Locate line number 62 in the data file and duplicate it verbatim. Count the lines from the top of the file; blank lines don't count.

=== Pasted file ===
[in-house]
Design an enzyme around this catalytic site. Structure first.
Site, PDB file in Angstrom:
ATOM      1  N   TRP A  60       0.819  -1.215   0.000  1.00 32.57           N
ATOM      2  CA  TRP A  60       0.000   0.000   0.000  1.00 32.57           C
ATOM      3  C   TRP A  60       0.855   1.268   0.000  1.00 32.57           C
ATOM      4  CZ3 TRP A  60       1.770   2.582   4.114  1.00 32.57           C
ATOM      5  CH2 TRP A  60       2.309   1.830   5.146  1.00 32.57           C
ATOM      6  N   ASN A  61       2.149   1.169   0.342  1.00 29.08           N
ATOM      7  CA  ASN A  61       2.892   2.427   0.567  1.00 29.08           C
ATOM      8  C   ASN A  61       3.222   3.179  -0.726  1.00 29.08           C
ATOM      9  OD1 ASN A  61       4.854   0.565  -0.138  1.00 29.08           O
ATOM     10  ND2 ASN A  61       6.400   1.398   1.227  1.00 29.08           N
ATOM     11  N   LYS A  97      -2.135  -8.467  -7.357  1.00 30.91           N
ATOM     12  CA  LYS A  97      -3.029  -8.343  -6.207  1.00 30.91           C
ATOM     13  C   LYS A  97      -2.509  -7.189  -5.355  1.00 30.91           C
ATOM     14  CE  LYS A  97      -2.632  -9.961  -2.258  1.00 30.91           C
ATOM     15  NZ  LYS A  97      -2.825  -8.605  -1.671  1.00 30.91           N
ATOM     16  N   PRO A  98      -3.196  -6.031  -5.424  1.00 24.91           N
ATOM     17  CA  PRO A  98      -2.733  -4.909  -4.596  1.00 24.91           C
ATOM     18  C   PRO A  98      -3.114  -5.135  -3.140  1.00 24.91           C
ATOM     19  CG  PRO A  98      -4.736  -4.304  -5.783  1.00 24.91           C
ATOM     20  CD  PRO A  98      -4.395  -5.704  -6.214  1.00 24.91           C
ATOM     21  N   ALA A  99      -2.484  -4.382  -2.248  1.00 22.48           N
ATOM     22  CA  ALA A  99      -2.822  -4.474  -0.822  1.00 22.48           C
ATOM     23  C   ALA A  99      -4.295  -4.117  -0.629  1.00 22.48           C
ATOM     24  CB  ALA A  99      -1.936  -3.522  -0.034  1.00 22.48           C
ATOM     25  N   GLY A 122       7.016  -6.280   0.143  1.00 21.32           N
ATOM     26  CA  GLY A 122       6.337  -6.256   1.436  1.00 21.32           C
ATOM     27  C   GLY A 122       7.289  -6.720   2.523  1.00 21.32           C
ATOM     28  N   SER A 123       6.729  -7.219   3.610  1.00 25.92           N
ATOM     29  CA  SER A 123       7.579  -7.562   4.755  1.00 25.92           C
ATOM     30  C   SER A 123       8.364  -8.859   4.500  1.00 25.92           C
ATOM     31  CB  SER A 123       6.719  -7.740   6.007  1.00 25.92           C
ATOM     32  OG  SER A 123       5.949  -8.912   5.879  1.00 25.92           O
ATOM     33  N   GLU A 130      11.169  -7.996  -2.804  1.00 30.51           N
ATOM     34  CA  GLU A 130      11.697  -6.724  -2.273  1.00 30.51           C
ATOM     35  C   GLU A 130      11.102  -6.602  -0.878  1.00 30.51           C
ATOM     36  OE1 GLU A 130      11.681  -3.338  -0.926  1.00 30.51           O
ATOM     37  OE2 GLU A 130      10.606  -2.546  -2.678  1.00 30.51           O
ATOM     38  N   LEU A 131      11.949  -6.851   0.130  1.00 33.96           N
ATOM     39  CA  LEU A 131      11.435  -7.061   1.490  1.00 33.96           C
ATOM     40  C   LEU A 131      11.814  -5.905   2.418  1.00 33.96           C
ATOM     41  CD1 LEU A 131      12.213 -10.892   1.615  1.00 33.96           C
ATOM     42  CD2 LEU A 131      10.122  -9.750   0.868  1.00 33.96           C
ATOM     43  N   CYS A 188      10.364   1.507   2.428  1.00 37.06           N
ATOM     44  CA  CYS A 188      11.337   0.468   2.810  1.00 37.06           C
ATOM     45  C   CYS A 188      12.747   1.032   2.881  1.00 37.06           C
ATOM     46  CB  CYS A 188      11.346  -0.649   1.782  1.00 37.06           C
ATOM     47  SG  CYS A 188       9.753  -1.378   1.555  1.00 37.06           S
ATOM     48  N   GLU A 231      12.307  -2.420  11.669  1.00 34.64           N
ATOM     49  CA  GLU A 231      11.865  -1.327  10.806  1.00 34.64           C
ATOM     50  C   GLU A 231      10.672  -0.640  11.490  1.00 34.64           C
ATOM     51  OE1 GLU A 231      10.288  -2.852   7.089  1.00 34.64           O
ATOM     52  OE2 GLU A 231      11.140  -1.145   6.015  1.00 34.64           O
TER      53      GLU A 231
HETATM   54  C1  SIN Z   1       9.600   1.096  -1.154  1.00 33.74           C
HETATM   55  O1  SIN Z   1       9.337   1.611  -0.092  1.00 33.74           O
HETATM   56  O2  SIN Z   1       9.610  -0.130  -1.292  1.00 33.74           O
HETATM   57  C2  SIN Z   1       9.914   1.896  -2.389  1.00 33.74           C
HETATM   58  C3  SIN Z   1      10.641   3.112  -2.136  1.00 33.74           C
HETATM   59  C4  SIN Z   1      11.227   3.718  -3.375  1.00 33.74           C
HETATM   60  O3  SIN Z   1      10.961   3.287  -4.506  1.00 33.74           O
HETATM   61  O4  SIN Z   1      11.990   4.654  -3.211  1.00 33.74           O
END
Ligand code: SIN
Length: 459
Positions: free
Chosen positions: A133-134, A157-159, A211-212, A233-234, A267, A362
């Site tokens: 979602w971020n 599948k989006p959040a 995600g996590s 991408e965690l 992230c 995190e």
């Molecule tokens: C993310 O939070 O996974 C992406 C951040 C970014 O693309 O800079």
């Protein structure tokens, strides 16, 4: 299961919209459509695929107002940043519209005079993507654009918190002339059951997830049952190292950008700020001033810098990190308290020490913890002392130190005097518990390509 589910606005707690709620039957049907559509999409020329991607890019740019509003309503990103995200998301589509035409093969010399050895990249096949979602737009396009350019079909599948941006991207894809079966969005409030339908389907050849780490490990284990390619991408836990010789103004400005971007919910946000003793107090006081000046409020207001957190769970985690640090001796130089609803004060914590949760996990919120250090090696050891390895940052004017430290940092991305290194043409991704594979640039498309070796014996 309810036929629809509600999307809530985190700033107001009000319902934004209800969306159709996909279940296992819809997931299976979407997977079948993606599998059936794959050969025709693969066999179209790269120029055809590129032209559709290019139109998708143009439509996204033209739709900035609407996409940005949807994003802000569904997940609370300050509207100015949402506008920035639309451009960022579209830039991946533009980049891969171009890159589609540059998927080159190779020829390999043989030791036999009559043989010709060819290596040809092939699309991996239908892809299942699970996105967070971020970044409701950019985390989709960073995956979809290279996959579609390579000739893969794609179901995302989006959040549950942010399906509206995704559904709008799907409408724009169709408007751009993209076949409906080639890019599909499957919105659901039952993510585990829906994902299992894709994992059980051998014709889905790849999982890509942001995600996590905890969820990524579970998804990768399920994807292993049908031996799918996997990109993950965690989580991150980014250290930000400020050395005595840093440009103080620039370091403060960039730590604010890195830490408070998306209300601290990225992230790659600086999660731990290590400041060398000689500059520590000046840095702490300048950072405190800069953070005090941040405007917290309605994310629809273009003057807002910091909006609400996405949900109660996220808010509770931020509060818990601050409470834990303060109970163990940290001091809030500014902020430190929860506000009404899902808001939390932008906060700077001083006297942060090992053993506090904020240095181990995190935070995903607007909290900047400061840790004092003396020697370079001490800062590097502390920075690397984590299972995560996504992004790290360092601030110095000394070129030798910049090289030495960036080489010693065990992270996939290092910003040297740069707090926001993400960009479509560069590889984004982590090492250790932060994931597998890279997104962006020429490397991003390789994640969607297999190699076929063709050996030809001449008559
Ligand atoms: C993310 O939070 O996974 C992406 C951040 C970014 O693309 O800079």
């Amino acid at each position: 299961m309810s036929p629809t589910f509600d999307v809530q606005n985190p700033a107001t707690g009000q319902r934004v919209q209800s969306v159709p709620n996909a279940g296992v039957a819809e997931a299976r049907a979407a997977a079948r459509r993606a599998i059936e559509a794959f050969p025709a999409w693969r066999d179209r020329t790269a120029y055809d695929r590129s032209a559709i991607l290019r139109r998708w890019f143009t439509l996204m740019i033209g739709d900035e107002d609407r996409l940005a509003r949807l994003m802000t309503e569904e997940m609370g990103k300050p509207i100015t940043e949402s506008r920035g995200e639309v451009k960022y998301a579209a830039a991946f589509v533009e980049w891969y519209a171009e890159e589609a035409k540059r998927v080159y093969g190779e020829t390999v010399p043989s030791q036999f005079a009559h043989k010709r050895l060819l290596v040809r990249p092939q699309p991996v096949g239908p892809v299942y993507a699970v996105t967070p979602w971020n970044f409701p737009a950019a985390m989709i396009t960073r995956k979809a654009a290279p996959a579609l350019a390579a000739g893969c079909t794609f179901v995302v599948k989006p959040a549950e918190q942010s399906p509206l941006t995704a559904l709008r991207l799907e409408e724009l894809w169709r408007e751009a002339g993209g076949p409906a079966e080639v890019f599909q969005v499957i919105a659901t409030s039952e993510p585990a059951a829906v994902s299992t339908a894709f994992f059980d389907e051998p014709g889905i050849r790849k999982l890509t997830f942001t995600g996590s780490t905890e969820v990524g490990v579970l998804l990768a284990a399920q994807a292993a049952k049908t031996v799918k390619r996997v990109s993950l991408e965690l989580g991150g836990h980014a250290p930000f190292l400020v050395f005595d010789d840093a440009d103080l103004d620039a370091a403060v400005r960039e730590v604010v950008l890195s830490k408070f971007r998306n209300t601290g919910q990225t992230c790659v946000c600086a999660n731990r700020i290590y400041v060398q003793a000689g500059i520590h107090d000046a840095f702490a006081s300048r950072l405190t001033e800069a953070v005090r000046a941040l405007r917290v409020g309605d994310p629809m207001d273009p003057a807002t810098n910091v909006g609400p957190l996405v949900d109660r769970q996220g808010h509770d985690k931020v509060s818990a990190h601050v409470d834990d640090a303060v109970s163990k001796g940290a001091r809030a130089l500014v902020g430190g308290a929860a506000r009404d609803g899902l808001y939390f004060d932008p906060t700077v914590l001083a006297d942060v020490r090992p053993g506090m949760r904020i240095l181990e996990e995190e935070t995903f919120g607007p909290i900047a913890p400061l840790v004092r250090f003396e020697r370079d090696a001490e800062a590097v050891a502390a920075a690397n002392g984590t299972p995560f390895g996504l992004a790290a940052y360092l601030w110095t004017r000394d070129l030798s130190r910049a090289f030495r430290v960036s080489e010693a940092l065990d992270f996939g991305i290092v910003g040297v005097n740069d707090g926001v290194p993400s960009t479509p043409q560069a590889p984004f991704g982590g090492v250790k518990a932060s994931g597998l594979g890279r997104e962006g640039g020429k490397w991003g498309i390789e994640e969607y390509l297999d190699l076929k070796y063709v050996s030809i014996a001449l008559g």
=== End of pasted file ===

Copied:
HETATM   59  C4  SIN Z   1      11.227   3.718  -3.375  1.00 33.74           C